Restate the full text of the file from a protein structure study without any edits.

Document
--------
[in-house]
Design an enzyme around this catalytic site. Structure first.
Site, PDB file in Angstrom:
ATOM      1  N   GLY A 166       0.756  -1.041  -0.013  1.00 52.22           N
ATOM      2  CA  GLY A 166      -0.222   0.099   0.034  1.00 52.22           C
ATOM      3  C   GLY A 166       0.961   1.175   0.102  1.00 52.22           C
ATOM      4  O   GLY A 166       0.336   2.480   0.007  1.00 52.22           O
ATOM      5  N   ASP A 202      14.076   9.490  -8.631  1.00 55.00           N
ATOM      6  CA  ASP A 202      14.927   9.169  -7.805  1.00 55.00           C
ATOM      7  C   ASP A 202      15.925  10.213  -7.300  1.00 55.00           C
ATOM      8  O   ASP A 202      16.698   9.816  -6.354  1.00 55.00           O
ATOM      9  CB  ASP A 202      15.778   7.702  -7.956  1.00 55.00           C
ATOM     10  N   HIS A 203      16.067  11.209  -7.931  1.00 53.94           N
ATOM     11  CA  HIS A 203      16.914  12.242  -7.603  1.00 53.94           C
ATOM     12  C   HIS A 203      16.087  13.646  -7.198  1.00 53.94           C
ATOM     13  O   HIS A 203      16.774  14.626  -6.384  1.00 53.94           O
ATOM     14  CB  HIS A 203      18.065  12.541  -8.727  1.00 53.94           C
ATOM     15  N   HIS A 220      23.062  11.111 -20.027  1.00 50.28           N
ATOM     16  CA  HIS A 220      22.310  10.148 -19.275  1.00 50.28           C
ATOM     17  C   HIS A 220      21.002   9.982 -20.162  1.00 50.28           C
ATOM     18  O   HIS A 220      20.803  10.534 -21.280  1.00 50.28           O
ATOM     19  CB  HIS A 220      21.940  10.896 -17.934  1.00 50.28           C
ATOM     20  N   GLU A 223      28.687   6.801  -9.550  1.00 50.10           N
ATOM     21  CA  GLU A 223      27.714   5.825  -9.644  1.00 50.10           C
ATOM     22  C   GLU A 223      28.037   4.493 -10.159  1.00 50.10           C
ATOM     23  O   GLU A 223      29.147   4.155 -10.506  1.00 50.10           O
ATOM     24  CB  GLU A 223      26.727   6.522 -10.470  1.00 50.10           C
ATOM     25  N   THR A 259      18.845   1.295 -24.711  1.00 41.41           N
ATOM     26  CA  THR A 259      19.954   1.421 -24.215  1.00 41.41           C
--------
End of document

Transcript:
[in-house]
Design an enzyme around this catalytic site. Structure first.
Site, PDB file in Angstrom:
ATOM      1  N   GLY A 166       0.756  -1.041  -0.013  1.00 52.22           N
ATOM      2  CA  GLY A 166      -0.222   0.099   0.034  1.00 52.22           C
ATOM      3  C   GLY A 166       0.961   1.175   0.102  1.00 52.22           C
ATOM      4  O   GLY A 166       0.336   2.480   0.007  1.00 52.22           O
ATOM      5  N   ASP A 202      14.076   9.490  -8.631  1.00 55.00           N
ATOM      6  CA  ASP A 202      14.927   9.169  -7.805  1.00 55.00           C
ATOM      7  C   ASP A 202      15.925  10.213  -7.300  1.00 55.00           C
ATOM      8  O   ASP A 202      16.698   9.816  -6.354  1.00 55.00           O
ATOM      9  CB  ASP A 202      15.778   7.702  -7.956  1.00 55.00           C
ATOM     10  N   HIS A 203      16.067  11.209  -7.931  1.00 53.94           N
ATOM     11  CA  HIS A 203      16.914  12.242  -7.603  1.00 53.94           C
ATOM     12  C   HIS A 203      16.087  13.646  -7.198  1.00 53.94           C
ATOM     13  O   HIS A 203      16.774  14.626  -6.384  1.00 53.94           O
ATOM     14  CB  HIS A 203      18.065  12.541  -8.727  1.00 53.94           C
ATOM     15  N   HIS A 220      23.062  11.111 -20.027  1.00 50.28           N
ATOM     16  CA  HIS A 220      22.310  10.148 -19.275  1.00 50.28           C
ATOM     17  C   HIS A 220      21.002   9.982 -20.162  1.00 50.28           C
ATOM     18  O   HIS A 220      20.803  10.534 -21.280  1.00 50.28           O
ATOM     19  CB  HIS A 220      21.940  10.896 -17.934  1.00 50.28           C
ATOM     20  N   GLU A 223      28.687   6.801  -9.550  1.00 50.10           N
ATOM     21  CA  GLU A 223      27.714   5.825  -9.644  1.00 50.10           C
ATOM     22  C   GLU A 223      28.037   4.493 -10.159  1.00 50.10           C
ATOM     23  O   GLU A 223      29.147   4.155 -10.506  1.00 50.10           O
ATOM     24  CB  GLU A 223      26.727   6.522 -10.470  1.00 50.10           C
ATOM     25  N   THR A 259      18.845   1.295 -24.711  1.00 41.41           N
ATOM     26  CA  THR A 259      19.954   1.421 -24.215  1.00 41.41           C